PROFILE | Cai Guo-Qiang


Cia Guo-Qiang, Day and Night, gunpowder on paper, 2009


Cai Guo-Qiang is a multi-styled artist who is well known for his fireworks and exploding artwork. His explosions are of massive scale, from paper panels to fireworks in the sky. He is known as a 'happy-accident' artist. Cai allows for his artwork to convey the beauty in life's unpredictable nature and the inevitable fallout that comes from living to the fullest.

TREND | Kitsch Ink, From Jerry to Hardy

Ed Hardy Love Kills Slowly 2006
The debate of kitsch, versus camp, versus avant garde made me take a second look at an art form I have a high respect for, tattooing.  Tattooing was once an underground art form.  The mainstream did not accept the tattoo culture, much less appreciate its artists.

In Hawaii during World War II, Norman "Sailor Jerry" Collins perfected what we know call the "traditional" style of tattooing.  Collin's clients were sailors about to face war, and possibly death, and Collin's tattoos came to embody this new "devil may care" attitude, and became iconic symbols of this tumultuous period in american history.

PROFILE | Rona Pondick | Metamorphosis

Rona Pondick
Rona Pondick, Fox, Stainless steel, 1998–99
Contemporary artists, Rona Pondick, has been very successful in making the physicality of her sculptural work have a great psychological impact on the viewer. Through her success she has turned into one of the most accomplished sculptors of her generation.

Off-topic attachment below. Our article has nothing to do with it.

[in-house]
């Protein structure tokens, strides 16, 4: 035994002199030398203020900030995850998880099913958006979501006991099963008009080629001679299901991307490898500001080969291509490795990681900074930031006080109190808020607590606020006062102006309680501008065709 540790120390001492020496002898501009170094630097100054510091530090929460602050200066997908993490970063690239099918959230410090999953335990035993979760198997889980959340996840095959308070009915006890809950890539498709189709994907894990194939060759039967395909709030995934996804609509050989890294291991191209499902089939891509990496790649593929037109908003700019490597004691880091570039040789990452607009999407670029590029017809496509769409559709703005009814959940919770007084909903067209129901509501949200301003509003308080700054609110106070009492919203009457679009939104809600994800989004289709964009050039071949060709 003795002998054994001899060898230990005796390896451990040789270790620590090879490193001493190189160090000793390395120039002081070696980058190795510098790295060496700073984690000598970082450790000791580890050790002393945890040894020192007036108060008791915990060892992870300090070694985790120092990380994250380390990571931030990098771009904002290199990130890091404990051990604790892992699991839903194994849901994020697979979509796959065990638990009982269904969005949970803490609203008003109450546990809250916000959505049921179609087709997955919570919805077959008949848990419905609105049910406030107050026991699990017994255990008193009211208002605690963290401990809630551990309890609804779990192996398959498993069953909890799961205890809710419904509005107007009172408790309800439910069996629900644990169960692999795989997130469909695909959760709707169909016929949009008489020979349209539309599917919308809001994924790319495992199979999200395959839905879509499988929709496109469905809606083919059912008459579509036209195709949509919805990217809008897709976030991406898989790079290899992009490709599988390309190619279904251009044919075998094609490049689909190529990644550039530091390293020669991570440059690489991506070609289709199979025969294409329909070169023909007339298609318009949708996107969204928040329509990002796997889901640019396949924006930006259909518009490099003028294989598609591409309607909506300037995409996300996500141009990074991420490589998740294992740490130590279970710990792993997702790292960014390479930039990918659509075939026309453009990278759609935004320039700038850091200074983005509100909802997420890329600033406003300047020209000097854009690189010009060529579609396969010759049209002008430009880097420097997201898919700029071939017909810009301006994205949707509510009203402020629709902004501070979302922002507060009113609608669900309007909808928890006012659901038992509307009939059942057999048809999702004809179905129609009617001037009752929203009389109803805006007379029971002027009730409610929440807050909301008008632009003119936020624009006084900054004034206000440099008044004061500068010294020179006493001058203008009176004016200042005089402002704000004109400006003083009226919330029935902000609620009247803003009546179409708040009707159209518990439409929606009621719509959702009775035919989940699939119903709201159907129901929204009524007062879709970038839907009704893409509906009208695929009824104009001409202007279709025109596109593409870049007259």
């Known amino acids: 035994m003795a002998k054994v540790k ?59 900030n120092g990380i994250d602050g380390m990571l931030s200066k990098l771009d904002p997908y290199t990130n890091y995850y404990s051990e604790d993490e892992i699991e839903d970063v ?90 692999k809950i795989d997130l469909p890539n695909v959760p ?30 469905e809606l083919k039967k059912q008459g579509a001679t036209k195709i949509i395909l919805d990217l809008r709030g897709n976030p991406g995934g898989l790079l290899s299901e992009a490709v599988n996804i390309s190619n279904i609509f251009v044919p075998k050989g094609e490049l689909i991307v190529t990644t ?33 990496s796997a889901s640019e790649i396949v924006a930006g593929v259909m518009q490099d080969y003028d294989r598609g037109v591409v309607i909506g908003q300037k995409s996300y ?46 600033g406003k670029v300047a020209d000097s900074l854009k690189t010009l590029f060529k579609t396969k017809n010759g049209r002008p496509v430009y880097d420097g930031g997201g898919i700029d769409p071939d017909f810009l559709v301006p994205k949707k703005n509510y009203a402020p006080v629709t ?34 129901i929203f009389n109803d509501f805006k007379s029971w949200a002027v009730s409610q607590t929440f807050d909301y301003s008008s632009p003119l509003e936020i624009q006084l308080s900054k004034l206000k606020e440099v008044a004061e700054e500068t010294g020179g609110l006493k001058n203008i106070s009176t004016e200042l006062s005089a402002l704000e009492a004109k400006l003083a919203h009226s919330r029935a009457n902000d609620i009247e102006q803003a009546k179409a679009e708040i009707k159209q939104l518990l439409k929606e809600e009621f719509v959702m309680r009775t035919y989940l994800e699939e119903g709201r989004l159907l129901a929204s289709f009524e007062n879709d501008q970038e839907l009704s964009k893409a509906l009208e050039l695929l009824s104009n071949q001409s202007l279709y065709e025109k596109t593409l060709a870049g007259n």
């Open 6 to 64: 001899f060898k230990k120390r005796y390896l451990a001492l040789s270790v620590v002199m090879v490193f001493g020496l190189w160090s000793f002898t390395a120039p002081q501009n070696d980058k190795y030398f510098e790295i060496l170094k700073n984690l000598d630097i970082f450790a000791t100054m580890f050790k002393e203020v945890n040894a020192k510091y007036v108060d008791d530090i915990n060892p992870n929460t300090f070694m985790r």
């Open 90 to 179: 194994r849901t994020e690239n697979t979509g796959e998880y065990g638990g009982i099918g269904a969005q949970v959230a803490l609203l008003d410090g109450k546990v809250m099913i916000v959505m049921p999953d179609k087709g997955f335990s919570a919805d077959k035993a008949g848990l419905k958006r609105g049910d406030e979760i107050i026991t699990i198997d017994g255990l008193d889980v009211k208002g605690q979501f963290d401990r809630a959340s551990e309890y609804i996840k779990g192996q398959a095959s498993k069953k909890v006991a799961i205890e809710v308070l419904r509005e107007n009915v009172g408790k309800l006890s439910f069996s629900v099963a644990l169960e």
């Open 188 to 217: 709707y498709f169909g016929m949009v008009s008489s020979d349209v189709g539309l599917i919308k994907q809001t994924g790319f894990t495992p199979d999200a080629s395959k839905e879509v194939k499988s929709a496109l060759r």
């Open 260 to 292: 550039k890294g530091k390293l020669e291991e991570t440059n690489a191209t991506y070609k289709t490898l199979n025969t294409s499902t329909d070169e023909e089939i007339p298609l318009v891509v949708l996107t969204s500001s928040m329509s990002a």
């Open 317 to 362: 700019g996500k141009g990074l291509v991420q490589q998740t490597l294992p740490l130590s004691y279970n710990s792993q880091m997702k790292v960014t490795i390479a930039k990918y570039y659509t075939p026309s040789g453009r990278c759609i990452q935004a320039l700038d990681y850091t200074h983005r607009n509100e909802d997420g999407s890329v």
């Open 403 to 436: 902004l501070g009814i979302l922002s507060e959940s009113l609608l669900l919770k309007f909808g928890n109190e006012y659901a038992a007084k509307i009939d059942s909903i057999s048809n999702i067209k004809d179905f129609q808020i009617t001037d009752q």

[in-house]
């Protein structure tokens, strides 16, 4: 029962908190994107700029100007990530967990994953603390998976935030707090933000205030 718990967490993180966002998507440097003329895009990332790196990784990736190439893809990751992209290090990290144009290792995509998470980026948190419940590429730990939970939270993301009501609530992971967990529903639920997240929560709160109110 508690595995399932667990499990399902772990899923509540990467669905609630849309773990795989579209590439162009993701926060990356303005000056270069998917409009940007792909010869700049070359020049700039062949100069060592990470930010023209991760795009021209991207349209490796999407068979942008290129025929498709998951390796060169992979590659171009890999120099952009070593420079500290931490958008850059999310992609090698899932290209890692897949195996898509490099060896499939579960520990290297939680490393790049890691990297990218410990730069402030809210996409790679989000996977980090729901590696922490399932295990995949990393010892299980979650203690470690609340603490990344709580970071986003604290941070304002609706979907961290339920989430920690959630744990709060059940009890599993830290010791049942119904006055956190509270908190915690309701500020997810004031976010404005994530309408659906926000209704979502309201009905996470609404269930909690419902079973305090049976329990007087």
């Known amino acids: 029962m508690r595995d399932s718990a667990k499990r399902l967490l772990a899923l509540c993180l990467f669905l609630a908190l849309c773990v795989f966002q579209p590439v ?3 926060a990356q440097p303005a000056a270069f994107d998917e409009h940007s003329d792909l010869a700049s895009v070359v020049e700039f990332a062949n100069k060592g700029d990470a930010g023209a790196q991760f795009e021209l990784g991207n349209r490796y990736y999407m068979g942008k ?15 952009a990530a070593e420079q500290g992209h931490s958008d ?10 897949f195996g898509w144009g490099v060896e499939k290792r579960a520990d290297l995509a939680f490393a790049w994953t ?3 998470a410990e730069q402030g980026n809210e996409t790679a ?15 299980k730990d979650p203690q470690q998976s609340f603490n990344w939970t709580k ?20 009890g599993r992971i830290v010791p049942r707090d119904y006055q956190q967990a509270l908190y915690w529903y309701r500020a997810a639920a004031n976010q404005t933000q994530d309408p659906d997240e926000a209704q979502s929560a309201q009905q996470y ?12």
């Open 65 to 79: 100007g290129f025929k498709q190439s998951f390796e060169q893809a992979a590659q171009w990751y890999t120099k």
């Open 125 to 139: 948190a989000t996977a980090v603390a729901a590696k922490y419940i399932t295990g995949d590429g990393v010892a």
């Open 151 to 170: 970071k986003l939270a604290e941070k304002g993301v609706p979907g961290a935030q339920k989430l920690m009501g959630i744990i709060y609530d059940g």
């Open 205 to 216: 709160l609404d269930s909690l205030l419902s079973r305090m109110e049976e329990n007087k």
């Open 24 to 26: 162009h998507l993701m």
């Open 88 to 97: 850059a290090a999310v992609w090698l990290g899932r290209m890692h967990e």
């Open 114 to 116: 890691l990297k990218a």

Pondick’s interesting use of material engages the viewer and entices them to question the purpose of such a fictional character, which is still somewhat believable from the way the material is handled. Pondick also seems to make a reference to mythology in most of her pieces which also engages the viewer and leaves wonder. Some of her most successful sculptures are shown in her website.


PROFILE | Hills Snyder





Hills Snyder, Out of Breath and Wild, acrylic sheet, 120 x 63 x1", 2004

 Hills Snyder is a Texas native, and an American contemporary artist. His artwork incorporates history and influences of popular culture into the works. Many of his artistic expressions rely on puns to get the meaning out to the public. With simple imagery and iconic images, Hills Snyder consistently incorporates wit with tendencies of added dark humor. The artist explores several types of media that have become necessities, and large scale artworks provide added character allowing for easier interpretations. Of the artist’s works within the past several years, Out of Breath and Wild and Site have become conversational pieces to reminisce about how the culture is part of the artist’s perspective on certain issues.


In his work of the Out of Breath and Wild, the acrylic sheet layout of cups with handles imagery becomes arranged in certain ways that the Eiffel Tower is the dominate image providing bold ideas. There is obvious integration of political ideas interwoven into the thinking process that uniquely creates this artwork. Since Hills Snyder tends to involve politics along with his ideas, the Eiffel Tower becomes the


PROFILE | Julie Mehretu

Julie Mehretu
Dispersion, 2002


Dispersion, at first glance, looks confusing and almost startling. If seen in real life it may be more startling than confusing because of its large size of ninety by one hundred and forty-four inches. When I first turned to this picture in my "Art and Today" textbook I was drawn to the colors and separation in the painting , which reminded me of a map. The lines drawn across the whole painting could be seen as an exchange of some sort. Much of her art work has the same intriguing look.